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Old 08-23-2006, 03:59 PM   #11
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A dry pasta, like Barilla or Ronzoni will all taste the same, regardless of the shape. The shape plays in when you decide what sauce you are going to serve it with, or what you are going to toss it with.

Shells or fusilli are wonderful with sauces with lots of texture, like meat sauce. The meat will stick in the grooves.

Something thin and light like vermicelli or capellini are perfect for light sauces like a primavera or even a very light clam sauce.

A tube type pasta like ziti or penne or tubetini are perfect with sauces of medium weight but with added ingredients like peas, pancetta, chopped tomatoes, etc...

So, while they all taste the same, the very shape and size makes all the difference.
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Old 08-23-2006, 05:11 PM   #12
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hahah i never thought of texture

Mmmm this penne is great
Ewwww get the angel hair away i cant stand long stringy things in my mouth :D :P
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Old 08-23-2006, 06:29 PM   #13
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true true...no one would ever put a bolognese on angel hair, or a fresh tomato and basil sauce over fettucini. Penne gets this and zitti gets that. Clams go with linguini, and alfredo goes with fettucini. Why? Mario says so!
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Old 08-23-2006, 06:51 PM   #14
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ya
ive had penne with that alfredo and tomato sauce mix
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Old 08-23-2006, 10:02 PM   #15
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Quote:
Originally Posted by lulu
My favourites at the moment are bucatini and mezza zita....both are long tubular pastas with holes in the middle, like straws. Bucantini are skinny and mezza zita are bigger.
Bucatini is evil pasta! lol I cooked for about 70 people (chicken with wine, olive oil, rosemary, kalamata olives, capers, tomatoes, etc.) and I served the sauce with bucatini - YOU CANNOT CREATE SUCTION WITH A HOLE IN THE MIDDLE!!!!

You know how when you eat pasta there still may be some hanging out of your mouth but you can take it in in one little suck/bite? Well, bucatini doesn't twirl and if by chance you can get it in your mouth you cannot suck it in because of that darned hole!!!!! It was quite hilarious watching everyone try to eat it and figuring out the best way to eat it!!!!
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Old 08-23-2006, 10:38 PM   #16
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hmmmm
jerk your head back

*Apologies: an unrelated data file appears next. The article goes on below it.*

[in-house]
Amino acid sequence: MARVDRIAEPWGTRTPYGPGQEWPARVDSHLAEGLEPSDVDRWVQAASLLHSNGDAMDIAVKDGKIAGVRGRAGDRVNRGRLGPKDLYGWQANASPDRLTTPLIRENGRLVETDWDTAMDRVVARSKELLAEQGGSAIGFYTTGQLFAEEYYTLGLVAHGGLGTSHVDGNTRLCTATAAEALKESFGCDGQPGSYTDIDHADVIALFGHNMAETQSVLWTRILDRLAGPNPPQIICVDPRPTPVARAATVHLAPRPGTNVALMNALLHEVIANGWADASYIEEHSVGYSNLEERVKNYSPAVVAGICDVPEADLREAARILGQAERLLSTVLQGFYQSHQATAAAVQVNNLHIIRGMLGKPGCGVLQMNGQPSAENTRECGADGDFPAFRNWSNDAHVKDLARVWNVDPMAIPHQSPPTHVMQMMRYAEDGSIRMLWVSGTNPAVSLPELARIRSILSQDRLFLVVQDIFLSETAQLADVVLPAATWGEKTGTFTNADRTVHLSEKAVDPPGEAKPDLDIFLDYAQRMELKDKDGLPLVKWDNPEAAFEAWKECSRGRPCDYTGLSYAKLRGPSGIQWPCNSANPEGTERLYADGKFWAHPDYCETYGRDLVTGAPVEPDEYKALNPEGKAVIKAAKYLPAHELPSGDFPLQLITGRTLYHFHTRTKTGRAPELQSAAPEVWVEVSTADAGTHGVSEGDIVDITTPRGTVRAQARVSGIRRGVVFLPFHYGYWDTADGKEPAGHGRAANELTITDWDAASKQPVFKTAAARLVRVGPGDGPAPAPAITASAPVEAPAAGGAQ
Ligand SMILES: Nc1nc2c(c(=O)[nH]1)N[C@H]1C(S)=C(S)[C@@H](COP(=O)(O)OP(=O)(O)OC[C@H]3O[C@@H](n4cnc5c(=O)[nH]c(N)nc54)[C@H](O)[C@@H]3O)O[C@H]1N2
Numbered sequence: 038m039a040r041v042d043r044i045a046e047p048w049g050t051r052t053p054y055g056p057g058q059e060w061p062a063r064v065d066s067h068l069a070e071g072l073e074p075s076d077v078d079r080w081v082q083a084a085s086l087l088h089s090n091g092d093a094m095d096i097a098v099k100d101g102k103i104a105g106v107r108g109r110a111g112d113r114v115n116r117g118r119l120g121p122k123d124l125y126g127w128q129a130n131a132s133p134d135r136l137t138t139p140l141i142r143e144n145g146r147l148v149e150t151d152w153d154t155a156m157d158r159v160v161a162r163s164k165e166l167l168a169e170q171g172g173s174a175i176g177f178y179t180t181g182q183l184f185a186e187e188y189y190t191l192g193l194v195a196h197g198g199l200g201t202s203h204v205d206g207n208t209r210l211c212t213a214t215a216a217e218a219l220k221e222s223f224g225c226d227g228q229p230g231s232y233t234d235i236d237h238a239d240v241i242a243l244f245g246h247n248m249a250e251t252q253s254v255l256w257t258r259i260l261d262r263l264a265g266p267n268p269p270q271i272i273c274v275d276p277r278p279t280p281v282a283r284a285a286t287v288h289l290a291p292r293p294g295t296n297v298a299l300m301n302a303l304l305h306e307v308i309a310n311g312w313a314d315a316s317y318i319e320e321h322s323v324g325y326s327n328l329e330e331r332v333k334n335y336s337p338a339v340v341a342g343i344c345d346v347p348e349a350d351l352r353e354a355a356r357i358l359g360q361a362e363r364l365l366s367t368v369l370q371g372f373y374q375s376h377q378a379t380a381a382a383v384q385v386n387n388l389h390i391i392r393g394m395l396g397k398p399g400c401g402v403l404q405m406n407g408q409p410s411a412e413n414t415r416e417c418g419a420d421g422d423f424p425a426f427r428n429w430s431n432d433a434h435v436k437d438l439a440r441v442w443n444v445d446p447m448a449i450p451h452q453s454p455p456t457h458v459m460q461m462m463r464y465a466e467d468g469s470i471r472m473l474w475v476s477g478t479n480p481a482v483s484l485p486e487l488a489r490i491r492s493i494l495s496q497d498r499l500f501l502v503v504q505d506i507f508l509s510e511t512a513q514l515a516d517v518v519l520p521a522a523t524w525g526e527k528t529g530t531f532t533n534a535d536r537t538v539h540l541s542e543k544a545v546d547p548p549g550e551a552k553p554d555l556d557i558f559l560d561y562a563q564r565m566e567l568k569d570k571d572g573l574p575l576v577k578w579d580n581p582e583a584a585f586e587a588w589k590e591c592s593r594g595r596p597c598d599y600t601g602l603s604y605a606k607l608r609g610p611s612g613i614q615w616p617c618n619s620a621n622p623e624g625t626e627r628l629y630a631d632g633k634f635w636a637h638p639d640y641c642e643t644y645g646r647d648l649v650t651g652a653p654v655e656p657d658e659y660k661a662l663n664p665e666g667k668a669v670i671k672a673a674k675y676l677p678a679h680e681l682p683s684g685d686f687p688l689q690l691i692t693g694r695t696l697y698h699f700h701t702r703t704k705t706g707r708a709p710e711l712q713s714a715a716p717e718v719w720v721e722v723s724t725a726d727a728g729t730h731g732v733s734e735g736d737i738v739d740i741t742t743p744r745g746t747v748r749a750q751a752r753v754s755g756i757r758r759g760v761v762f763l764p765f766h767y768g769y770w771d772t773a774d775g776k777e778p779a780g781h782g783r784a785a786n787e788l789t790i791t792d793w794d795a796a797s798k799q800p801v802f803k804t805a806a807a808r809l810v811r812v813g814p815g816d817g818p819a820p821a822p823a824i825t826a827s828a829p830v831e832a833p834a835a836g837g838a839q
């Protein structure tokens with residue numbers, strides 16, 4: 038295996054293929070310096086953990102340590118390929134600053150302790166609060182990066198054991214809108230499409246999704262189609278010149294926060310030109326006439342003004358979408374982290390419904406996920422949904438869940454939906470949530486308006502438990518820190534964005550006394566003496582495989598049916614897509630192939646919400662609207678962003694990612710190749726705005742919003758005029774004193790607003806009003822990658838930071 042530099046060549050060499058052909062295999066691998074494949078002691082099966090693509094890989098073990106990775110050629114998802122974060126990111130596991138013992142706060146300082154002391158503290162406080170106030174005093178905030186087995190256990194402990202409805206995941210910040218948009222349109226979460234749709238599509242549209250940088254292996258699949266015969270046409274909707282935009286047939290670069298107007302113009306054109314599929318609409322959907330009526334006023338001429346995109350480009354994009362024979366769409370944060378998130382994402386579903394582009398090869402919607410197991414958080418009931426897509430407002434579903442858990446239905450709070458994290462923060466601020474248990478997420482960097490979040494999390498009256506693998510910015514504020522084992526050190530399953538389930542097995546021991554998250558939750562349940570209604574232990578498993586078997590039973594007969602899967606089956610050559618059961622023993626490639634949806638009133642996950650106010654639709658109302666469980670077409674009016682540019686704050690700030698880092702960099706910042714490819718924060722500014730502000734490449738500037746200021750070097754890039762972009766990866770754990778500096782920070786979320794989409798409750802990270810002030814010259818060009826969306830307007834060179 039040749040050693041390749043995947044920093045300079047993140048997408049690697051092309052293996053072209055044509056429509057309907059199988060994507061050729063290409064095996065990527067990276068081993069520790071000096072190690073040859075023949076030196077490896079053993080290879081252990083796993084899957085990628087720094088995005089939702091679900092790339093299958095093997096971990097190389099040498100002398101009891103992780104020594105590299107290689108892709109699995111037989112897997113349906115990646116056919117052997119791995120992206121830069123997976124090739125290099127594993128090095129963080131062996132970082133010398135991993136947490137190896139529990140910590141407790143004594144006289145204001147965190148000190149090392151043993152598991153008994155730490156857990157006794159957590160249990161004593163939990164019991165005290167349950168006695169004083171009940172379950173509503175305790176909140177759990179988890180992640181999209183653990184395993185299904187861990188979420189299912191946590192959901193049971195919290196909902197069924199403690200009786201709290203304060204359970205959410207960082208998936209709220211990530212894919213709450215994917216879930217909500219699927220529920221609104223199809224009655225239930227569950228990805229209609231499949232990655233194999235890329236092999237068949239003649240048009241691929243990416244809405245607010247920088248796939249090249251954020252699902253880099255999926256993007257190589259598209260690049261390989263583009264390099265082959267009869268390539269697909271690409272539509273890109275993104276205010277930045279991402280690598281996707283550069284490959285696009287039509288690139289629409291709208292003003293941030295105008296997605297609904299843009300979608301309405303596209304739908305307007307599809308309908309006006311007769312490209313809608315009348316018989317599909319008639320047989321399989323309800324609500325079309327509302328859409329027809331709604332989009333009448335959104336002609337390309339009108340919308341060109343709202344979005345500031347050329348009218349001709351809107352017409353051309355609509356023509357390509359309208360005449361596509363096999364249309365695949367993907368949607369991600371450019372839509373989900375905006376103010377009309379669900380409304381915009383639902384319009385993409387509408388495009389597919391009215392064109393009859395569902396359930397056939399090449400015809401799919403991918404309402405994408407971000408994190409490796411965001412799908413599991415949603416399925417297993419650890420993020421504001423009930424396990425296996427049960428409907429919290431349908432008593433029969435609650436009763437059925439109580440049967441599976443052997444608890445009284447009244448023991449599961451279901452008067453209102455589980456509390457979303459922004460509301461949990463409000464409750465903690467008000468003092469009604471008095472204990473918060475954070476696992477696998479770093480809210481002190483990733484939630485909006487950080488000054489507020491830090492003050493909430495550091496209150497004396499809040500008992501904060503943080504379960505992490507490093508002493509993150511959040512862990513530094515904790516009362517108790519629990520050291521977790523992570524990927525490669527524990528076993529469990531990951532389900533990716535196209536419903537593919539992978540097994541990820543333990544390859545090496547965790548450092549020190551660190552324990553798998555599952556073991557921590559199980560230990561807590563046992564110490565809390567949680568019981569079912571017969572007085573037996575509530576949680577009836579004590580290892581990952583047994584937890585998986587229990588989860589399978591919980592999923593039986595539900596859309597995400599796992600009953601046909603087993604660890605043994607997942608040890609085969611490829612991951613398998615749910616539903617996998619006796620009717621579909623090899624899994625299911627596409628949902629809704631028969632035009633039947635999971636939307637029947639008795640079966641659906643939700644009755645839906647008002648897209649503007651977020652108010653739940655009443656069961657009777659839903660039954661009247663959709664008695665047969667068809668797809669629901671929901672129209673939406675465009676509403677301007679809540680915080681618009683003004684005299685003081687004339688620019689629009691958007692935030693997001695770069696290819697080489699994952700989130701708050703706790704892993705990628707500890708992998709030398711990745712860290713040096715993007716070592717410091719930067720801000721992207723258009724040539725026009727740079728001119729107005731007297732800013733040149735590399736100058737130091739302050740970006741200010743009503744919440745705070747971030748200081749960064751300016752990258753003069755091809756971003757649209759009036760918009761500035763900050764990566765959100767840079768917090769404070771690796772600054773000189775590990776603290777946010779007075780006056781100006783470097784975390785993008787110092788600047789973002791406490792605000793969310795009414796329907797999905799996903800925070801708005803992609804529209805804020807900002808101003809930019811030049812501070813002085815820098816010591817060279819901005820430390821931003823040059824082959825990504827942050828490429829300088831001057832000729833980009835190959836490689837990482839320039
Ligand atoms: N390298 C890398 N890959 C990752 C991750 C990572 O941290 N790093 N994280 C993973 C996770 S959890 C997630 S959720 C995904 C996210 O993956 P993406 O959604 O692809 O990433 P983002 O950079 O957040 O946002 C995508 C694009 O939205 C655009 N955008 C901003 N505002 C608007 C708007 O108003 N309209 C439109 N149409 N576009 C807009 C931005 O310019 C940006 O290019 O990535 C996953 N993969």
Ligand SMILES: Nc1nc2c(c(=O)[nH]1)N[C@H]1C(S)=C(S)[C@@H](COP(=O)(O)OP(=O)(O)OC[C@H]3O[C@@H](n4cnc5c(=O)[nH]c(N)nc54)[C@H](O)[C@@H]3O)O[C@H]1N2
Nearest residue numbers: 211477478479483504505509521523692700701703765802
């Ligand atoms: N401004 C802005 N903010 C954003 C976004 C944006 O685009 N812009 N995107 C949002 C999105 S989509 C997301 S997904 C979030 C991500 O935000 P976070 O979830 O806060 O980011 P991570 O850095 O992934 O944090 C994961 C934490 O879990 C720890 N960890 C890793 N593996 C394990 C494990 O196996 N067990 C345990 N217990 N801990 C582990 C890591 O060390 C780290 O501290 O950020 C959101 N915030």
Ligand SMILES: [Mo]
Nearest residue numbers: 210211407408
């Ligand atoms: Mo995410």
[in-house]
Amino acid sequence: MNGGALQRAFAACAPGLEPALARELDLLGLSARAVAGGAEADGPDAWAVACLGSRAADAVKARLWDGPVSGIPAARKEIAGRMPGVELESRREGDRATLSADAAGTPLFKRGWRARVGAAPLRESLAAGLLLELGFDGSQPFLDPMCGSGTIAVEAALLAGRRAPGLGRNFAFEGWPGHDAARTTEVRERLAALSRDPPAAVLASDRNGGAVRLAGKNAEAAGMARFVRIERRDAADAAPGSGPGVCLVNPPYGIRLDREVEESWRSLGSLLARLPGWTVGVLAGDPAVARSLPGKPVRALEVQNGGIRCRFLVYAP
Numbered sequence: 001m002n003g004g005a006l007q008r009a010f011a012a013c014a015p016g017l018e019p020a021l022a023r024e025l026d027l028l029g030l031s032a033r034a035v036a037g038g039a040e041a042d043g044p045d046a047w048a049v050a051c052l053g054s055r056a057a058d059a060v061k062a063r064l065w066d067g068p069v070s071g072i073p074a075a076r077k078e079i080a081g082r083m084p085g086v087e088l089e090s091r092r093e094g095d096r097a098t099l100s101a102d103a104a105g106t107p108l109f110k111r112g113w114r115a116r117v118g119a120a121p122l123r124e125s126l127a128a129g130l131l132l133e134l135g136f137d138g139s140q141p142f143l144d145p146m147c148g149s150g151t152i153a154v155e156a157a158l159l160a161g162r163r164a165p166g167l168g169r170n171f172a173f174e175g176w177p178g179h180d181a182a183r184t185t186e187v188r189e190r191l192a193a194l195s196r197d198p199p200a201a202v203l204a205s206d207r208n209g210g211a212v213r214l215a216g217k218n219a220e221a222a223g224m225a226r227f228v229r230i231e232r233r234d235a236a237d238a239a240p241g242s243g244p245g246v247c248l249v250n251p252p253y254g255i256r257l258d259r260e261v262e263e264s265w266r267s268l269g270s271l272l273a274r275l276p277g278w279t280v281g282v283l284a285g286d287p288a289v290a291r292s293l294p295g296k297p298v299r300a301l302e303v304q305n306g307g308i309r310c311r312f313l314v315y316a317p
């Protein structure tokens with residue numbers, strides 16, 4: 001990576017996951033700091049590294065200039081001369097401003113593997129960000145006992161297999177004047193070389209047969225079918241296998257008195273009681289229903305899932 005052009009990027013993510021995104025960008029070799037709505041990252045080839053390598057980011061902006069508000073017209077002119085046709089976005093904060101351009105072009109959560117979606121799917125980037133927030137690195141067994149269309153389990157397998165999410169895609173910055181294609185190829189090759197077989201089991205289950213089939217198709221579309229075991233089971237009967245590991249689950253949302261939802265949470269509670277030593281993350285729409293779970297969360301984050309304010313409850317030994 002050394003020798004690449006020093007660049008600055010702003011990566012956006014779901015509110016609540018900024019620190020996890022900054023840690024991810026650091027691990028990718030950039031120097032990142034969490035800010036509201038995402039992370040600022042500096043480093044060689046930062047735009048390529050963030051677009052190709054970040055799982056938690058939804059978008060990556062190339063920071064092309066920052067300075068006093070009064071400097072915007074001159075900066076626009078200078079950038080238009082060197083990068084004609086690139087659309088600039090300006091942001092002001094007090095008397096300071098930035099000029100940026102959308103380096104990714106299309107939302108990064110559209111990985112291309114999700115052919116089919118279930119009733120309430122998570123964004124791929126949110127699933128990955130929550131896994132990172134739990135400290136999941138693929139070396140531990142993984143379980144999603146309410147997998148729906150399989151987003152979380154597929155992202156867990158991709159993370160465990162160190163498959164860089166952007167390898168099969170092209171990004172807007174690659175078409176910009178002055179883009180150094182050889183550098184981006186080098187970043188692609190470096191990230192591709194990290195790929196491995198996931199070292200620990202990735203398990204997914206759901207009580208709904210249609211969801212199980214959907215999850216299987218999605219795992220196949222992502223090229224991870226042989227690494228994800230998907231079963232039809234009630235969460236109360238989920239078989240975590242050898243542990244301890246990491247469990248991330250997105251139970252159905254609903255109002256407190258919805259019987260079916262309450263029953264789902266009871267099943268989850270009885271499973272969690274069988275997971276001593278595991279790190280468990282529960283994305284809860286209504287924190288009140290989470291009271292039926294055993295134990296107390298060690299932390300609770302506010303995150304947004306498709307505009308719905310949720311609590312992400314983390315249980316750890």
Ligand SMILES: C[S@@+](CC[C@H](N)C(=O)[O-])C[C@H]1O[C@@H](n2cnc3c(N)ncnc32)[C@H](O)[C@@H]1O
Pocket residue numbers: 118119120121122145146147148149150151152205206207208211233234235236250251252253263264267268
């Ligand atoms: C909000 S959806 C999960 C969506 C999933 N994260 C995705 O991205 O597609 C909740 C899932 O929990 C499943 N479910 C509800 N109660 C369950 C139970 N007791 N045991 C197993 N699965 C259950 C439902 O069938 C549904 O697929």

and catch it in your mouth :D
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Old 08-24-2006, 04:30 AM   #17
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hehehe Kitchenelf. I had some with a group of Italians in a restaurant (my first pasta in Italy, lol), and they cut it with the side of there forks into managable pieces, lol. The only time I have seen Italians cut pasta! Mind you, I had my napkin like a bib, they tried to eat with napkins on their laps.....I didn't get spattered!
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Old 08-24-2006, 05:18 AM   #18
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Well, to be honest it is nearly impossible to eat bucatini amatriciana in a neat and tidy fashion, if there is one I haven't discovered it... (if you cut it in small pieces, which I have never seen anyone doing, in the heart of Roma, the home of bucatini amatriciana, it will take away all the fun of eating this lovely dish... ).
We enjoy this dish always at home, as we have a perfect recipe and very quick and easy to make, so I just make sure to wear a large apron or napkin around my neck if I am wearing something white
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Old 08-24-2006, 08:06 AM   #19
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I looked and this hasn't been brought up yet. Certainly the mouth-feel, or texture of the pasta is part of the edating experience, but so is the flavor. As was stated, different pastas have differing aboilities to stick to various sauces. But there is one more difference. Lets compare rigatoni, or penni with macaroni for instance. Both have a hole in the middle. But the wall of the pasta is much thicker in both the rigatoni or penne that it is in the elbow macaroni. The pasta noodle has a sweet, starchy flavor that plays an important role in the recipe. When serving macaroni, the pasta serves mainly as a vehicle for the other flavors and contributes genty to the expereince. You can hardly even taste it in dishes like macaroni salad, or tomato-based sauces. While the flavor of the other two mentioned is more robust and exerts a strong influence on the overall flavor of the dish.

Think of the last lasagna you ate. Lasagna noodles are thick, with a robust flavor that needs to stand up to the other very flavorful ingredients in the meal.

So, to summarize, different shapes allow you to taylor the pairing of noodle and sauce, condiments, or oils, , to the taste, texture, and ability to stick or remain seperate from the other ingredients in the dish.

And besides, have you ever tried stuffing a macaroni noodle? Go 'head. Try it. Just use a tiny spoon. I'd much rather stuff a manicotti nodle myself.

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Old 08-24-2006, 10:10 AM   #20
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Oh, very cool.
What do you stuff in the pasta?
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